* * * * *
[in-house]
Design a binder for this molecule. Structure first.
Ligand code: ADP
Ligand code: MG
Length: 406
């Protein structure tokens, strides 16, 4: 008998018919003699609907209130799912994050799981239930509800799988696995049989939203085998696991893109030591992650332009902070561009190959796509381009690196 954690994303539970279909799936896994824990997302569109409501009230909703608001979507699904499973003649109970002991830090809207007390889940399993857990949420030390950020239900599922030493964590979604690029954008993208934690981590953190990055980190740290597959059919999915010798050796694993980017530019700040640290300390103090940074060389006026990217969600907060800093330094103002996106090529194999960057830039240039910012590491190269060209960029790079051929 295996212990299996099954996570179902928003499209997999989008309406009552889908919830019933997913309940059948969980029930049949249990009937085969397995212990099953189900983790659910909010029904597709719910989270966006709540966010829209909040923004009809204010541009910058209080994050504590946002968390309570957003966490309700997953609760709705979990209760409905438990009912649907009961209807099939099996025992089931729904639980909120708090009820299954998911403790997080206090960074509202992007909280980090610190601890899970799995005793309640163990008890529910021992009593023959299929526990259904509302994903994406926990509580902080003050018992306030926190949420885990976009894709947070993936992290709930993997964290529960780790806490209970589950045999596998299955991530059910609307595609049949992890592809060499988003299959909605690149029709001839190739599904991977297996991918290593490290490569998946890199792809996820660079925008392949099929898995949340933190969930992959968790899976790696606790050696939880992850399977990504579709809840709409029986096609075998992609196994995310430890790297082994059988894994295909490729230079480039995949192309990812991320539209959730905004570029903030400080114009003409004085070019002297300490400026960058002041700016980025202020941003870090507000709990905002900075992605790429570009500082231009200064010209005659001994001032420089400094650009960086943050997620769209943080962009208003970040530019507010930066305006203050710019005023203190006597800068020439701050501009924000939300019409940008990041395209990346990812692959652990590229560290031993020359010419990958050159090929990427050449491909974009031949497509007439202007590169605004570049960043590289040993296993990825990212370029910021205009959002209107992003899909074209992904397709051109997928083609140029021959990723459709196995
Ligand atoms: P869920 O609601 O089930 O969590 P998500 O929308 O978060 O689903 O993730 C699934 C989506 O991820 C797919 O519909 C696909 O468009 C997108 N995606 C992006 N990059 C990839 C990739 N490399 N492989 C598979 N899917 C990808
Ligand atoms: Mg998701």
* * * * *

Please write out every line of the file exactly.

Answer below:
[in-house]
Design a binder for this molecule. Structure first.
Ligand code: ADP
Ligand code: MG
Length: 406
């Protein structure tokens, strides 16, 4: 008998018919003699609907209130799912994050799981239930509800799988696995049989939203085998696991893109030591992650332009902070561009190959796509381009690196 954690994303539970279909799936896994824990997302569109409501009230909703608001979507699904499973003649109970002991830090809207007390889940399993857990949420030390950020239900599922030493964590979604690029954008993208934690981590953190990055980190740290597959059919999915010798050796694993980017530019700040640290300390103090940074060389006026990217969600907060800093330094103002996106090529194999960057830039240039910012590491190269060209960029790079051929 295996212990299996099954996570179902928003499209997999989008309406009552889908919830019933997913309940059948969980029930049949249990009937085969397995212990099953189900983790659910909010029904597709719910989270966006709540966010829209909040923004009809204010541009910058209080994050504590946002968390309570957003966490309700997953609760709705979990209760409905438990009912649907009961209807099939099996025992089931729904639980909120708090009820299954998911403790997080206090960074509202992007909280980090610190601890899970799995005793309640163990008890529910021992009593023959299929526990259904509302994903994406926990509580902080003050018992306030926190949420885990976009894709947070993936992290709930993997964290529960780790806490209970589950045999596998299955991530059910609307595609049949992890592809060499988003299959909605690149029709001839190739599904991977297996991918290593490290490569998946890199792809996820660079925008392949099929898995949340933190969930992959968790899976790696606790050696939880992850399977990504579709809840709409029986096609075998992609196994995310430890790297082994059988894994295909490729230079480039995949192309990812991320539209959730905004570029903030400080114009003409004085070019002297300490400026960058002041700016980025202020941003870090507000709990905002900075992605790429570009500082231009200064010209005659001994001032420089400094650009960086943050997620769209943080962009208003970040530019507010930066305006203050710019005023203190006597800068020439701050501009924000939300019409940008990041395209990346990812692959652990590229560290031993020359010419990958050159090929990427050449491909974009031949497509007439202007590169605004570049960043590289040993296993990825990212370029910021205009959002209107992003899909074209992904397709051109997928083609140029021959990723459709196995
Ligand atoms: P869920 O609601 O089930 O969590 P998500 O929308 O978060 O689903 O993730 C699934 C989506 O991820 C797919 O519909 C696909 O468009 C997108 N995606 C992006 N990059 C990839 C990739 N490399 N492989 C598979 N899917 C990808
Ligand atoms: Mg998701």